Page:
Two Christian TV networks can no longer be seen on the nation’s second largest satellite TV provider.
Daystar and FamilyNet were removed from DISH Network Sept. 17 after an arbitration panel unanimously ruled that DISH’s parent company, EchoStar Communications Corp., must comply with a 1996 contract it made with Dominion Sky Angel, the nation’s only Christian direct-to satellite TV service.
The agreement forbids EchoStar from broadcasting any Christian channels on DISH Network besides Dominion’s Angel One network, and Trinity Broadcasting Network and Eternal Word Television Network, which were airing on DISH before the contract was made. Dominion also was awarded more than $3 million for past economic damages and legal fees, the Fort Worth Star-Telegram reported.
The dispute stems from an April 2003 breach-of-contract lawsuit that Dominion filed against EchoStar after it began airing Daystar and FamilyNet. The networks fought to remain on DISH, which is said to reach 25 million homes, leading to a heated dispute between Daystar and Dominion in particular.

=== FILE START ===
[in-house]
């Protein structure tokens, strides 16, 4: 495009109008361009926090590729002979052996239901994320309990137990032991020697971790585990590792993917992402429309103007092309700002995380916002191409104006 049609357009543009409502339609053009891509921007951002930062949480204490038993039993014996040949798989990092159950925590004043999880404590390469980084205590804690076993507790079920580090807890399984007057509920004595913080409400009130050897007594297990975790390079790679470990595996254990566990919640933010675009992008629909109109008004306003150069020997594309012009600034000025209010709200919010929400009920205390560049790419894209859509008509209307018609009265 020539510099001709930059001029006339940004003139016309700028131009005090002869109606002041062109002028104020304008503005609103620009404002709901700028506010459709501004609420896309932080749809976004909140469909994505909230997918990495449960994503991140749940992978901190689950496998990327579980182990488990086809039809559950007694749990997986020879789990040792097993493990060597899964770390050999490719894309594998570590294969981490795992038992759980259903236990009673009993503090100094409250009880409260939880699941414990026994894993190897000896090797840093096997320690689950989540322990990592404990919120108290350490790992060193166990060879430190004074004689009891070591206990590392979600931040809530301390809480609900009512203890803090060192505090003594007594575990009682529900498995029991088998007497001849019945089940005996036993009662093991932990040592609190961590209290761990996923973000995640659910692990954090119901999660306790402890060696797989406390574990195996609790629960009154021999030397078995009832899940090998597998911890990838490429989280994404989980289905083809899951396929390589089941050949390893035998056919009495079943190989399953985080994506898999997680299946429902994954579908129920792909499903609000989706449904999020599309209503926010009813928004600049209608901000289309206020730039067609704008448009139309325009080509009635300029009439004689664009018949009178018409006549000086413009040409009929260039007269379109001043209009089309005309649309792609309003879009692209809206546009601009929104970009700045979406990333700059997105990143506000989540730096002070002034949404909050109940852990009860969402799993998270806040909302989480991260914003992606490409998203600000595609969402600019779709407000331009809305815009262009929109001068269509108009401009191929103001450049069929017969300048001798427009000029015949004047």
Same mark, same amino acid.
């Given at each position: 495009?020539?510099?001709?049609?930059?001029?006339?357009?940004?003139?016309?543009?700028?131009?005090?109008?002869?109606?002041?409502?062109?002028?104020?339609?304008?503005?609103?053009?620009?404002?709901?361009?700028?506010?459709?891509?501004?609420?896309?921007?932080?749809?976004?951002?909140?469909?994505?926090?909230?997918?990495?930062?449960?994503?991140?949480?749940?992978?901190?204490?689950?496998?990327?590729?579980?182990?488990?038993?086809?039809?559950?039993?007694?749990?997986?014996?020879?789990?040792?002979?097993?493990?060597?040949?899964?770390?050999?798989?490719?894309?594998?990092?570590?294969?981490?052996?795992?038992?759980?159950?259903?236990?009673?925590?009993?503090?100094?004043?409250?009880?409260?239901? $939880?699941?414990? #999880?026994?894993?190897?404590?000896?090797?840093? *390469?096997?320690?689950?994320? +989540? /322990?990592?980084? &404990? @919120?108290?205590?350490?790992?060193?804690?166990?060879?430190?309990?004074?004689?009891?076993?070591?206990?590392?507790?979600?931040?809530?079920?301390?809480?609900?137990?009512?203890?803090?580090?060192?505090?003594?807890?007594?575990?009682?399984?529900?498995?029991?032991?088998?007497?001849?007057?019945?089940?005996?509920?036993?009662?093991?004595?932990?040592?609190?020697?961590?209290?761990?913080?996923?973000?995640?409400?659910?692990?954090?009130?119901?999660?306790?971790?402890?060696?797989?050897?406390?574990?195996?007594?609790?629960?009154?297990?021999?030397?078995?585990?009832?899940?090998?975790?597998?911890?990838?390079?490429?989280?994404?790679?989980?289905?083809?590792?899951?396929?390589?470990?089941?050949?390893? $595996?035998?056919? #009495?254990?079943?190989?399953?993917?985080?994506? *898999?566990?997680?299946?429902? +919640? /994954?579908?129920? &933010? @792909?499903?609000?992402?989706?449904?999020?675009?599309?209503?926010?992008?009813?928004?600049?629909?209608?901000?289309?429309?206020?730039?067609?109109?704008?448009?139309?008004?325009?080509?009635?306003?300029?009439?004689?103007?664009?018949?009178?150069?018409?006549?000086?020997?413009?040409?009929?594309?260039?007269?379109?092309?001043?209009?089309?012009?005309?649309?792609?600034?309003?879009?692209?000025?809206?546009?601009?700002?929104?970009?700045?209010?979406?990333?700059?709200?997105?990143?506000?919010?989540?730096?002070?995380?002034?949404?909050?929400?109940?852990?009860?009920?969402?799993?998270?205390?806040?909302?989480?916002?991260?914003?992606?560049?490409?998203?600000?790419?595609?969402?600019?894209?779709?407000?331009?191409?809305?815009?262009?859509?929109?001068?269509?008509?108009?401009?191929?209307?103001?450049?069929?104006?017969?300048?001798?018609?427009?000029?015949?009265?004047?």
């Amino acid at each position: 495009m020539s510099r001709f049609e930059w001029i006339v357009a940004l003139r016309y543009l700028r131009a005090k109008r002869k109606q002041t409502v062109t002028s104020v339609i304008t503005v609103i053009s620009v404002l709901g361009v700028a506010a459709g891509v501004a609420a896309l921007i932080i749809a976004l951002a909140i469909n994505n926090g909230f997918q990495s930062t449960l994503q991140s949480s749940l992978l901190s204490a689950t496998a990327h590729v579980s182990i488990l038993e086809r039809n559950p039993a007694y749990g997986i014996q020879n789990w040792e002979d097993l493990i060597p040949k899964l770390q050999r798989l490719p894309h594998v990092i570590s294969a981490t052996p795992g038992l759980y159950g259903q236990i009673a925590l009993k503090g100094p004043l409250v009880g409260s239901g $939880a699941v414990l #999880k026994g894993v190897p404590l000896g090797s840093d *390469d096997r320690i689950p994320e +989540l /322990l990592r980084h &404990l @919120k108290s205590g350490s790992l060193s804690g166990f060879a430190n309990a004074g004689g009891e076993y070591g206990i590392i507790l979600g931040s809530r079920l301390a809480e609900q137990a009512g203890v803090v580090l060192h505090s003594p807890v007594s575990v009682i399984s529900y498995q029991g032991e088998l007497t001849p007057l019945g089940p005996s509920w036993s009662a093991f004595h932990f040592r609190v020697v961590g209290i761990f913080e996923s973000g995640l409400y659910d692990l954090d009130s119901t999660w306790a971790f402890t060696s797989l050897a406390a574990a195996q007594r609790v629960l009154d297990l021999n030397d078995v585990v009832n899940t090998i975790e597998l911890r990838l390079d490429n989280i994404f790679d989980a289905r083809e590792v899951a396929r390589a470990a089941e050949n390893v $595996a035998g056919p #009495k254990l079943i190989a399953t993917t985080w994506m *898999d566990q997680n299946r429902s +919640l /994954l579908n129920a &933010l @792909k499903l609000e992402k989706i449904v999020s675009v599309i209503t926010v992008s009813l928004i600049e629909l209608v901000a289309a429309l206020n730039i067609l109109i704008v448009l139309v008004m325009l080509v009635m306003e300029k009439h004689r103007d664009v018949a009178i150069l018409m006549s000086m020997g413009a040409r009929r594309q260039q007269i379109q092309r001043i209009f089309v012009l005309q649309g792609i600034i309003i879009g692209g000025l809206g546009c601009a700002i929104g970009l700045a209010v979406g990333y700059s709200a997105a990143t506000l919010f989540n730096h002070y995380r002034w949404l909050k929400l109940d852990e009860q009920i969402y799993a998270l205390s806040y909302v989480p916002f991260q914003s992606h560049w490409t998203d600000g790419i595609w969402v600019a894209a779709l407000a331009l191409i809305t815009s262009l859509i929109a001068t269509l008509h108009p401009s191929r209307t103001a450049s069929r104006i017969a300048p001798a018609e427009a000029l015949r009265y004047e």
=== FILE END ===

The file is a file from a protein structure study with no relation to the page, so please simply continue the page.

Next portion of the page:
Roughly a month before the arbitration panel’s ruling, Dominion founder Robert W. Johnson Sr. died of heart failure Aug. 5 at the age 66. His son, Robert Johnson Jr., is serving as Dominion’s interim CEO.
“It is our desire to put this issue behind us and move forward in obedience to the vision that the Lord has given for this important work of ministry,” the younger Johnson said.
Before Daystar and FamilyNet were removed from DISH, Daystar founder Marcus Lamb said he hoped Dominion would “do not necessarily what is legally right, but what is spiritually and Scripturally right and allow Daystar and FamilyNet to stay on the DISH Network so we can continue to win souls on that secular platform.”
Though he said FamilyNet was disappointed with the ruling, Chip Turner, vice president of marketing and distribution, noted that his network had increased the number of cable outlets on which it is carried by 100 percent.
EchoStar spokesman Steve Caulk said the company believed the ruling was unjustified and planned to appeal.
Adrienne S. Gaines